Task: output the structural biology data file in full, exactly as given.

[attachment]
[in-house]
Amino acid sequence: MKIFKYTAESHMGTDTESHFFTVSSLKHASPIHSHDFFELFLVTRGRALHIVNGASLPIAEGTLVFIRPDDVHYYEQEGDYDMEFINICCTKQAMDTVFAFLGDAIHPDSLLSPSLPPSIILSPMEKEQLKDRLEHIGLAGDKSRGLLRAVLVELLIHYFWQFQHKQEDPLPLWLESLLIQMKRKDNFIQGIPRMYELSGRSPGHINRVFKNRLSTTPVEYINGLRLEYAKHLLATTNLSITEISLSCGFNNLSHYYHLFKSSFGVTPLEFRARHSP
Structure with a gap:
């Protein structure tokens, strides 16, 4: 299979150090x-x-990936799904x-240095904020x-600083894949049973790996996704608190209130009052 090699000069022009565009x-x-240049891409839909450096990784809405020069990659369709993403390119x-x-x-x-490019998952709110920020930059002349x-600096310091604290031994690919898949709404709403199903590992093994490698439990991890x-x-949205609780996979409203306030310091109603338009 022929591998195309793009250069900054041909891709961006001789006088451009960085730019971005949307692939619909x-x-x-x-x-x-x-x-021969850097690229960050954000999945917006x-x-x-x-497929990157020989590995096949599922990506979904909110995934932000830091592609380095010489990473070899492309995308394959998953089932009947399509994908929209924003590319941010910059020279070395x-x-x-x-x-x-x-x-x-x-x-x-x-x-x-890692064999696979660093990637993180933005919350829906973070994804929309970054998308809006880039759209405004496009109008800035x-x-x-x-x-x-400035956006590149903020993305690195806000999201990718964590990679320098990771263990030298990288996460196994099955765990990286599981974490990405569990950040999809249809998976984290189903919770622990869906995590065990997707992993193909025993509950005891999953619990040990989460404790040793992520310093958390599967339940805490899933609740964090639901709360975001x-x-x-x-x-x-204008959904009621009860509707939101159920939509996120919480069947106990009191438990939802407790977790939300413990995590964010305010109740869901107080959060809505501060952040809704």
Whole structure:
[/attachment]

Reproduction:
[in-house]
Amino acid sequence: MKIFKYTAESHMGTDTESHFFTVSSLKHASPIHSHDFFELFLVTRGRALHIVNGASLPIAEGTLVFIRPDDVHYYEQEGDYDMEFINICCTKQAMDTVFAFLGDAIHPDSLLSPSLPPSIILSPMEKEQLKDRLEHIGLAGDKSRGLLRAVLVELLIHYFWQFQHKQEDPLPLWLESLLIQMKRKDNFIQGIPRMYELSGRSPGHINRVFKNRLSTTPVEYINGLRLEYAKHLLATTNLSITEISLSCGFNNLSHYYHLFKSSFGVTPLEFRARHSP
Structure with a gap:
């Protein structure tokens, strides 16, 4: 299979150090x-x-990936799904x-240095904020x-600083894949049973790996996704608190209130009052 090699000069022009565009x-x-240049891409839909450096990784809405020069990659369709993403390119x-x-x-x-490019998952709110920020930059002349x-600096310091604290031994690919898949709404709403199903590992093994490698439990991890x-x-949205609780996979409203306030310091109603338009 022929591998195309793009250069900054041909891709961006001789006088451009960085730019971005949307692939619909x-x-x-x-x-x-x-x-021969850097690229960050954000999945917006x-x-x-x-497929990157020989590995096949599922990506979904909110995934932000830091592609380095010489990473070899492309995308394959998953089932009947399509994908929209924003590319941010910059020279070395x-x-x-x-x-x-x-x-x-x-x-x-x-x-x-890692064999696979660093990637993180933005919350829906973070994804929309970054998308809006880039759209405004496009109008800035x-x-x-x-x-x-400035956006590149903020993305690195806000999201990718964590990679320098990771263990030298990288996460196994099955765990990286599981974490990405569990950040999809249809998976984290189903919770622990869906995590065990997707992993193909025993509950005891999953619990040990989460404790040793992520310093958390599967339940805490899933609740964090639901709360975001x-x-x-x-x-x-204008959904009621009860509707939101159920939509996120919480069947106990009191438990939802407790977790939300413990995590964010305010109740869901107080959060809505501060952040809704």
Whole structure: